Segments and Series

The term “series” is used in numerous contexts and with very different meanings (Toepfer 2017). If “series” is used to refer to the repetition of similar yet somewhat different structures or units along a temporal or spatial axis, then segments in animals are prime examples of series. Segmentation in this sense is a relational concept. Segments never appear in isolation; there is no such thing as a body comprised of just one segment. Thus segments only assume the quality of segments when occurring in serial repetition. This reveals a difference to the use of the term in other contexts. A circular segment or arc, for example, is simply cut out of a whole and can exist singularly, without being dependent on other segments.

Because animal segments are formed through a set of serially concordant internal and external substructures that occur together, they represent multiple series that are spatially and temporally interrelated. An implicit basic assumption of this concept is that originally, all segments of a body are organized in the same way. Over the course of evolution, this originally homonomous pattern undergoes a diversification, and heteronomous segmentation results. The body is subdivided in this way into functional and morphologically distinct units (tagmata) such as head, thorax, and abdomen (Figure 1.3). Segments thus form a theme with variations and are viewed as elements or modules that can be consolidated into larger units, which in turn can be interpreted as modular (Toepfer 2017).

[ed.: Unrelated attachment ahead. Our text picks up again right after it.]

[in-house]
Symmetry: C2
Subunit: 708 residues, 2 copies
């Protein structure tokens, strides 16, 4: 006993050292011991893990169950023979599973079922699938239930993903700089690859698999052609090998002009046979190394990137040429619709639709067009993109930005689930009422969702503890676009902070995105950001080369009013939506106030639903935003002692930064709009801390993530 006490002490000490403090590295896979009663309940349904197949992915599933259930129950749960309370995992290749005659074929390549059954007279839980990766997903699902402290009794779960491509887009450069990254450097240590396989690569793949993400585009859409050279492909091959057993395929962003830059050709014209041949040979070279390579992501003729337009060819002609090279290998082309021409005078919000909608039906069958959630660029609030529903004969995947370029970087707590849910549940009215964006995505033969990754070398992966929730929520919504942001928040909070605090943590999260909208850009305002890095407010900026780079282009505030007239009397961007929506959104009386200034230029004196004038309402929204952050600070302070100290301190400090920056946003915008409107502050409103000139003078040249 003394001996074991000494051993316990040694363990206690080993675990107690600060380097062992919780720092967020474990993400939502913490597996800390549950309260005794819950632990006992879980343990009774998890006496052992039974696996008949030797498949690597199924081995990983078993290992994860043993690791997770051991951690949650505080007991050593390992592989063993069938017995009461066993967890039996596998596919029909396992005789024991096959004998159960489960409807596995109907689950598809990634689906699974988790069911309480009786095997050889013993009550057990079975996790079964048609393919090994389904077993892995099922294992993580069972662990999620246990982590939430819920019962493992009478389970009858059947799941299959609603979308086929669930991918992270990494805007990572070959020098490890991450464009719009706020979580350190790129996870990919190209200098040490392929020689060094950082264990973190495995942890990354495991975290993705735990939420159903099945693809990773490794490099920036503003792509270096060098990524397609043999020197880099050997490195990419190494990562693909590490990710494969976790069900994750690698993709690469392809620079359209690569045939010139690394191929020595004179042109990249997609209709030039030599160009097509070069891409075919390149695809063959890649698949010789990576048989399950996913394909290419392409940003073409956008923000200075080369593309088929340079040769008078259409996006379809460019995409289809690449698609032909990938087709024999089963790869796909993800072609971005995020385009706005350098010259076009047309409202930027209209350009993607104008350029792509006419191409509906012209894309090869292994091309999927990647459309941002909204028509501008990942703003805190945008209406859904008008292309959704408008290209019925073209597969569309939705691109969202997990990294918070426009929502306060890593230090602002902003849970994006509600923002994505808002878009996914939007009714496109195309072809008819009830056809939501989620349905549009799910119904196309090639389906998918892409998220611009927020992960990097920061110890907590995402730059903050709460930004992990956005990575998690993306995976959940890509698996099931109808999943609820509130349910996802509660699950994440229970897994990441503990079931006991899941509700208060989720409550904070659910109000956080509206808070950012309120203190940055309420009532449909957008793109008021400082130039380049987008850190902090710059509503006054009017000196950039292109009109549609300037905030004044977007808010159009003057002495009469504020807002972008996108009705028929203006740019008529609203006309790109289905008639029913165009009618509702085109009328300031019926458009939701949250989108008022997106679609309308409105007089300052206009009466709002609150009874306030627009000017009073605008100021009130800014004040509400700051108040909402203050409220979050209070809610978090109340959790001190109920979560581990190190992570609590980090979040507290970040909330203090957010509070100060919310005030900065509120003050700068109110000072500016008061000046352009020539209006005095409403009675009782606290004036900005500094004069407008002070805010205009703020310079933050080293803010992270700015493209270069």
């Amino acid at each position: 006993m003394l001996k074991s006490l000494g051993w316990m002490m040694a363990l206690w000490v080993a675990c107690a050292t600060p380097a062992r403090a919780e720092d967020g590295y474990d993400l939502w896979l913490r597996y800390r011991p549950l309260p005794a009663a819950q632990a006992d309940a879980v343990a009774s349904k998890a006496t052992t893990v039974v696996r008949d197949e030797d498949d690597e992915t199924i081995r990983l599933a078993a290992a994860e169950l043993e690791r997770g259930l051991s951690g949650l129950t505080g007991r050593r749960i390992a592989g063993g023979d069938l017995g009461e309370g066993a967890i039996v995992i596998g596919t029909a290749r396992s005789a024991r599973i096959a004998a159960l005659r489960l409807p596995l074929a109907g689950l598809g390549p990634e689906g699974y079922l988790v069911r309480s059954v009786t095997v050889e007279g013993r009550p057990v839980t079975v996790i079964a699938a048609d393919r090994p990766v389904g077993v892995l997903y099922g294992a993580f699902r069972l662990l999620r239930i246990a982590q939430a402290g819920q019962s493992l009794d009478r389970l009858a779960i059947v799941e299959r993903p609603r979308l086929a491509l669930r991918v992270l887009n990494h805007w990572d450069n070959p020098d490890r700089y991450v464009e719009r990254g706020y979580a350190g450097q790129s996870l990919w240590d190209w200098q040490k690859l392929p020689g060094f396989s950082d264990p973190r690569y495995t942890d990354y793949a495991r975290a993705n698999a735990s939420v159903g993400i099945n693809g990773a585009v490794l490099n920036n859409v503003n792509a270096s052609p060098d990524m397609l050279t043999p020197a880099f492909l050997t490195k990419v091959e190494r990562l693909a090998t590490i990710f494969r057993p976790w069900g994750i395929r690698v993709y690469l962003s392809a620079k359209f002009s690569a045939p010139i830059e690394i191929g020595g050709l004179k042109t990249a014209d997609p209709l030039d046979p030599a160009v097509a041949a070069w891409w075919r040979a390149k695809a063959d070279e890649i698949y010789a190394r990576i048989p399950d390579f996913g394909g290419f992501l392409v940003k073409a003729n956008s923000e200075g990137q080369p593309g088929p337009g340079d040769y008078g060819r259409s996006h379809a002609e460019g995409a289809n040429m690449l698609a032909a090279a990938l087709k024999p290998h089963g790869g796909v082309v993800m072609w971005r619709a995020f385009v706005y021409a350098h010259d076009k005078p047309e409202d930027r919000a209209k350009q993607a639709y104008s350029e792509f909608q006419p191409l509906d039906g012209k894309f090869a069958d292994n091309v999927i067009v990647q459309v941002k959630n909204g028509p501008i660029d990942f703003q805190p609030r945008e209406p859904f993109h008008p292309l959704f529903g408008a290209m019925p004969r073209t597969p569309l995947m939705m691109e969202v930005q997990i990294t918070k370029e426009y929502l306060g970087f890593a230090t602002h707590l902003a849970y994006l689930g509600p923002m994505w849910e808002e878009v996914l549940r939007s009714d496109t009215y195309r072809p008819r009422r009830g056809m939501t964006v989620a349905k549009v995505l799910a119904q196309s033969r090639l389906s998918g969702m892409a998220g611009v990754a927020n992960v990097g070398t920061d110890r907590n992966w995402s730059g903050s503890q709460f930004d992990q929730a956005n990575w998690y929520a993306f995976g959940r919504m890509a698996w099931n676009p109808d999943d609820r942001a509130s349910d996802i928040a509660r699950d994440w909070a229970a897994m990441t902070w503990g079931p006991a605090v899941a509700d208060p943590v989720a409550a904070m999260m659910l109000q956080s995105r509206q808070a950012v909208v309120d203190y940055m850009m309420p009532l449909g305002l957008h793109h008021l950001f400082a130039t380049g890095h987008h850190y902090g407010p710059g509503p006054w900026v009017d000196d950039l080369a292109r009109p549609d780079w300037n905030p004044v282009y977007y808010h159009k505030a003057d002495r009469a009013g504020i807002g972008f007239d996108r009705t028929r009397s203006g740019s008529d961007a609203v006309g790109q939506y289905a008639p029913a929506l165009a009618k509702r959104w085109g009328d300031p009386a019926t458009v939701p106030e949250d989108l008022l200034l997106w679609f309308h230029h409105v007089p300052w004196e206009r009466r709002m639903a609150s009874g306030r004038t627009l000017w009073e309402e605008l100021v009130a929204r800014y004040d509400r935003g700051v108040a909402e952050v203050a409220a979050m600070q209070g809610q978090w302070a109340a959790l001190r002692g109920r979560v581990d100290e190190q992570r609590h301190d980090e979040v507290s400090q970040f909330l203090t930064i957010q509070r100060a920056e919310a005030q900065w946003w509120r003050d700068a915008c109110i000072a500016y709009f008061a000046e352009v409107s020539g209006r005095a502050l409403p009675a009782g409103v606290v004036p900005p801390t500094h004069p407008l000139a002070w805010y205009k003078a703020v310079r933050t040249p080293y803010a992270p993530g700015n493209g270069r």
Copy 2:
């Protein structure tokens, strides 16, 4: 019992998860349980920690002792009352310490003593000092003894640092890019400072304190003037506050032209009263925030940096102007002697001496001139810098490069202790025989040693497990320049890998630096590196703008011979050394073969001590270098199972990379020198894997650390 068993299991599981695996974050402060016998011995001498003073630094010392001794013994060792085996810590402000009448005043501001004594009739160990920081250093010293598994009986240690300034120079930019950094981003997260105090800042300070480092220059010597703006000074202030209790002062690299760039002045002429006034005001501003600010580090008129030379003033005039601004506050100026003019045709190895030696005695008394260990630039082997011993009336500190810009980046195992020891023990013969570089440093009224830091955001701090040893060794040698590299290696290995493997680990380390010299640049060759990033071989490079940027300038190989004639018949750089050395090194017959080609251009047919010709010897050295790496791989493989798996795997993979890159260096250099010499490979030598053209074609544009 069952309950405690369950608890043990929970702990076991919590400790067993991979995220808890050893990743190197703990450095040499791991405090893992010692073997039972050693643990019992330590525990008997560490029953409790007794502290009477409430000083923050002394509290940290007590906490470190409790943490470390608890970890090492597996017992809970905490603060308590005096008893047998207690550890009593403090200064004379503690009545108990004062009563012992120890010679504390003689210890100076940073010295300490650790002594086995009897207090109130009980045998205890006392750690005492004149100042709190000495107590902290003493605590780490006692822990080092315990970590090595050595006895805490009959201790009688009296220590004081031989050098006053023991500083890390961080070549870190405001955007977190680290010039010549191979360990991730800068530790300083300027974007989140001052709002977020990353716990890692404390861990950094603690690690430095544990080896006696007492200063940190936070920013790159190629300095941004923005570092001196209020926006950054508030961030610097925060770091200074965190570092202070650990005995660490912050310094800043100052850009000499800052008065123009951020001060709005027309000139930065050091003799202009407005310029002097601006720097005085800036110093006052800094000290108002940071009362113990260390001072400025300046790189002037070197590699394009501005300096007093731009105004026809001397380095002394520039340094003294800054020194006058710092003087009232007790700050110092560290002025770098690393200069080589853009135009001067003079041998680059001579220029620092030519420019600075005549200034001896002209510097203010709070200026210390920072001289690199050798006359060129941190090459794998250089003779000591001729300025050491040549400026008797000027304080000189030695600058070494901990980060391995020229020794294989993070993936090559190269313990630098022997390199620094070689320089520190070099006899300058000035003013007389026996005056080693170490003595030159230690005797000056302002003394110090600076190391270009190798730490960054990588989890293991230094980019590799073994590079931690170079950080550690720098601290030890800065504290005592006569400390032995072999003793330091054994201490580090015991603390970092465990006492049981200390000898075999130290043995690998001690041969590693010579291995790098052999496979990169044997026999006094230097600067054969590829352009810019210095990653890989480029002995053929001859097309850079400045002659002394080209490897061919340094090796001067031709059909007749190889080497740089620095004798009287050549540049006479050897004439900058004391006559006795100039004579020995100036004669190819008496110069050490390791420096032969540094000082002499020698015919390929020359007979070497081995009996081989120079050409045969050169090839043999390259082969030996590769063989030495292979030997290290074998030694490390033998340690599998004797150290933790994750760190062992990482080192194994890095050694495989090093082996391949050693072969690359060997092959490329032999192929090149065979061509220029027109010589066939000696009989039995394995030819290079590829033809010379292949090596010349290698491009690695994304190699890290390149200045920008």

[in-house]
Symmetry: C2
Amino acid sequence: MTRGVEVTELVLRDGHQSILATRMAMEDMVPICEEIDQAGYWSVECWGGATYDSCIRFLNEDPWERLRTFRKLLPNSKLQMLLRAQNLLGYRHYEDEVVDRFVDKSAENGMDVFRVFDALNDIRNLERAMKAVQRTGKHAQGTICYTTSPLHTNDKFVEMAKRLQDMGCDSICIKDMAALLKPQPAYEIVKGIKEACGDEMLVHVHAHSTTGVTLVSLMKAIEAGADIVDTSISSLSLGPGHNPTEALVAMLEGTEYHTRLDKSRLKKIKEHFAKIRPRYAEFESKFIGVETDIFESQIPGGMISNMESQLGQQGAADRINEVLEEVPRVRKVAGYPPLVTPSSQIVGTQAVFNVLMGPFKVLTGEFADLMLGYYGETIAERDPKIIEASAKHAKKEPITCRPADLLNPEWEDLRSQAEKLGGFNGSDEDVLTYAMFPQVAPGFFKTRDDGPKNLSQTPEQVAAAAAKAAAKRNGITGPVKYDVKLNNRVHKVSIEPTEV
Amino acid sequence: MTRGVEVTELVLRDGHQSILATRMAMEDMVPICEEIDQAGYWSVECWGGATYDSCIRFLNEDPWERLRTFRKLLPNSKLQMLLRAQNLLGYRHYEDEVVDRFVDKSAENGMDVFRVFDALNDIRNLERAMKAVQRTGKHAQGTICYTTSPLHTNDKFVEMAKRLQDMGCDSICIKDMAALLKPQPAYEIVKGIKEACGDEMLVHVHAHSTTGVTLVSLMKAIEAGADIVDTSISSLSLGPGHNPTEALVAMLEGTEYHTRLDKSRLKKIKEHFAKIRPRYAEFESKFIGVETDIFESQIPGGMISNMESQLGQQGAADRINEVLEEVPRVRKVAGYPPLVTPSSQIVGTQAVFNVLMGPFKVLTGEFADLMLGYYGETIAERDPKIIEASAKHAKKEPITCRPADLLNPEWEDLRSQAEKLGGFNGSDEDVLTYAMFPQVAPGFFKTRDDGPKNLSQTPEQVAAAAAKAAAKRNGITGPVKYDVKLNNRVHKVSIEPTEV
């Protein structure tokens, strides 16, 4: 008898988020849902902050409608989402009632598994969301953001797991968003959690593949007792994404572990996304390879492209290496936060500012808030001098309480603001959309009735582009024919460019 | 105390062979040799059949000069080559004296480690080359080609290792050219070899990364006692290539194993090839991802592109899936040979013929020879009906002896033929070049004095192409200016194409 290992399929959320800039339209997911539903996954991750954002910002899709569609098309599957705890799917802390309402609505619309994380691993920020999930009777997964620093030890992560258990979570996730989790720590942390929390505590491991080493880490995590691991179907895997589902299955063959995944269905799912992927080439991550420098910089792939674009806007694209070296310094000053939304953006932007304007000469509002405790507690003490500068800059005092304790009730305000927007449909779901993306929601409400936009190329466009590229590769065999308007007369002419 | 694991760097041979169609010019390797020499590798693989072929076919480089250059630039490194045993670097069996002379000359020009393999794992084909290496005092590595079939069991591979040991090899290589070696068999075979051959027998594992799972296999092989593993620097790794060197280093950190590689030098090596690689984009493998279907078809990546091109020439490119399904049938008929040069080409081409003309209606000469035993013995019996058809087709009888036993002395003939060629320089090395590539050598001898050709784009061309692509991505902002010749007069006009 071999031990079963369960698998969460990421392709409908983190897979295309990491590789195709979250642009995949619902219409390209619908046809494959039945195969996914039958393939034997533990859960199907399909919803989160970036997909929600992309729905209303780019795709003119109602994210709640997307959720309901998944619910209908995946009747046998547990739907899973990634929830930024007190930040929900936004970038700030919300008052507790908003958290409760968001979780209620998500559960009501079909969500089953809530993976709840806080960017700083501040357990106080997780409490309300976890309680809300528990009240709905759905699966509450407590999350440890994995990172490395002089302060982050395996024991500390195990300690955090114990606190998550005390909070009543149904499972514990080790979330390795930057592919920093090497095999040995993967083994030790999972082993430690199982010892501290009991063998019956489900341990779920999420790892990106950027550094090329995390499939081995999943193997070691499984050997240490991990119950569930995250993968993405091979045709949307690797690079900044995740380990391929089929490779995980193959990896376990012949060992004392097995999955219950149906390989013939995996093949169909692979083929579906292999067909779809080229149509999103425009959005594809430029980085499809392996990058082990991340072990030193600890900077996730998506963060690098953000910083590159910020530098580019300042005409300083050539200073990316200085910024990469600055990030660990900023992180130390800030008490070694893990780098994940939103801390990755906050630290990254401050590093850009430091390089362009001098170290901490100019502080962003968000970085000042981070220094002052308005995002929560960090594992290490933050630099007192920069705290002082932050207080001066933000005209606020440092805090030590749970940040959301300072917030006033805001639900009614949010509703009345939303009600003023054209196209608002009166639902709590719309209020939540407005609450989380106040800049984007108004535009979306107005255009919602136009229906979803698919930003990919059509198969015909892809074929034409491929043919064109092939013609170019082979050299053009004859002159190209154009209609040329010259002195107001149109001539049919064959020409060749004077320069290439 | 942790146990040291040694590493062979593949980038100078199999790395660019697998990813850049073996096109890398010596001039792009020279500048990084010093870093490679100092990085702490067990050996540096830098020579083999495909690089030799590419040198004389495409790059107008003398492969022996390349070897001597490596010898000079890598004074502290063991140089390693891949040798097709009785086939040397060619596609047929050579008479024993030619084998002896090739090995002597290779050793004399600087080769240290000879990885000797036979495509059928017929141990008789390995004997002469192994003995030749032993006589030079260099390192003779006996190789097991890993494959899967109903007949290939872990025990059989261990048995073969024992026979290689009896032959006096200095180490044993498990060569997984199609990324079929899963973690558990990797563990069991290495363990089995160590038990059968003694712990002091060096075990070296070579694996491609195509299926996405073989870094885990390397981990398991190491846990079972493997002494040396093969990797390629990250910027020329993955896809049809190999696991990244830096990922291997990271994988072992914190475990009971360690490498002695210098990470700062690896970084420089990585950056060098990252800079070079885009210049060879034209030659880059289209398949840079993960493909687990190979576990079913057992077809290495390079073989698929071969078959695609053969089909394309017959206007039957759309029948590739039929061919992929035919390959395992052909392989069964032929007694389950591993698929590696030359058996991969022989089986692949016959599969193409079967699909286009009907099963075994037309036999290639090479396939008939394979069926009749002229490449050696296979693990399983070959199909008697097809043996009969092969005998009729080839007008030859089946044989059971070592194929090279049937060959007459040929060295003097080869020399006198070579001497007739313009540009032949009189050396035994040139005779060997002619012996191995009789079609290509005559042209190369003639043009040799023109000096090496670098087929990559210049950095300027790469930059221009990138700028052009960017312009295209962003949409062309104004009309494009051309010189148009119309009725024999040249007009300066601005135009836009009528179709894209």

Animal segments are therefore assigned a special quality that essentially distinguishes them from other serial structures. As always, in biology such a comparison

Diversification of segments and formation of spatial-functional units along the body axis

FIGURE 1.3 Diversification of segments and formation of spatial-functional units along the body axis. A. Exemplified by a crayfish as a representative of the arthropods (exploded exoskeleton, dorsal view). In the crayfish, the head and the thorax are fused to an anterior tagma called cephalothorax (dorsally, the segmentation is concealed due to a fusion; segmentation is only visible at the ventral side indicated by the series of appendages) and a posterior tagma, the pleon with obvious segmentation. B. A kangaroo as an example of a vertebrate (skeleton, lateral view) showing the head (skull), the neck, the thorax (indicated by the rib cage), the abdomen, and the tail. (Photographs: Eberle and Eisfeld, © Humboldt-Universitat zu Berlin.) and the resulting categorization concern two interrelated aspects. For one thing, this is a typological, classificatory problem: What properties define a segment and distinguish it from other serial structures? Is that which is defined as a segment always the same?

For another thing, segments do not only make up a class of structures; they are also a product of the historical, genealogical process of evolution. Consequently, the ensuing questions assume a different form: What precursor structures led to the formation of segments? How often and where in the genealogy of the animals did segmentation emerge? From this perspective, segments and other serial structures can be understood as steps in a transformation process. The boundary between segments and non-segments becomes fluid.

 
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